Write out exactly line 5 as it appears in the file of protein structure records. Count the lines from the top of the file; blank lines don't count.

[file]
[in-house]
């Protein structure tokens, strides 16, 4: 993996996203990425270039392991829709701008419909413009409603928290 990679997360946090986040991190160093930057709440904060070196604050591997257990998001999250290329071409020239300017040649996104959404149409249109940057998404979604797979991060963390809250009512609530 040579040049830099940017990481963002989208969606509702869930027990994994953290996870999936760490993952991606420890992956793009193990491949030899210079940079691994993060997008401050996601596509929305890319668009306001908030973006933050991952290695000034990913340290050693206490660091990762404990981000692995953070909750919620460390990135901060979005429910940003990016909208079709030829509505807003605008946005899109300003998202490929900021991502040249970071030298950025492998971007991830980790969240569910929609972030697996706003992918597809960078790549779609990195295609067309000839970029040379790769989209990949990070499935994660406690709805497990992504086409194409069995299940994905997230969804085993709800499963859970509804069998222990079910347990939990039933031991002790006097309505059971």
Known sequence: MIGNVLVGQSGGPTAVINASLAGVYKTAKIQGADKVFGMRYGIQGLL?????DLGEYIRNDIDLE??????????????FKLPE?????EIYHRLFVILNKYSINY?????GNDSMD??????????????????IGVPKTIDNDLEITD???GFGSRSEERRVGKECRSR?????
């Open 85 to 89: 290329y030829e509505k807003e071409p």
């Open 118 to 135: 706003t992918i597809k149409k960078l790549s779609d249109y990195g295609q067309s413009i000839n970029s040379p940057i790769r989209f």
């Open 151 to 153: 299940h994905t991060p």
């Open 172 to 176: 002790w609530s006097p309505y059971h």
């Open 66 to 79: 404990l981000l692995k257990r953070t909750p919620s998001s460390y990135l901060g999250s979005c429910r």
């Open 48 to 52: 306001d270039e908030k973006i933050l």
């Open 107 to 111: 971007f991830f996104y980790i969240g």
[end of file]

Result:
């Open 118 to 135: 706003t992918i597809k149409k960078l790549s779609d249109y990195g295609q067309s413009i000839n970029s040379p940057i790769r989209f």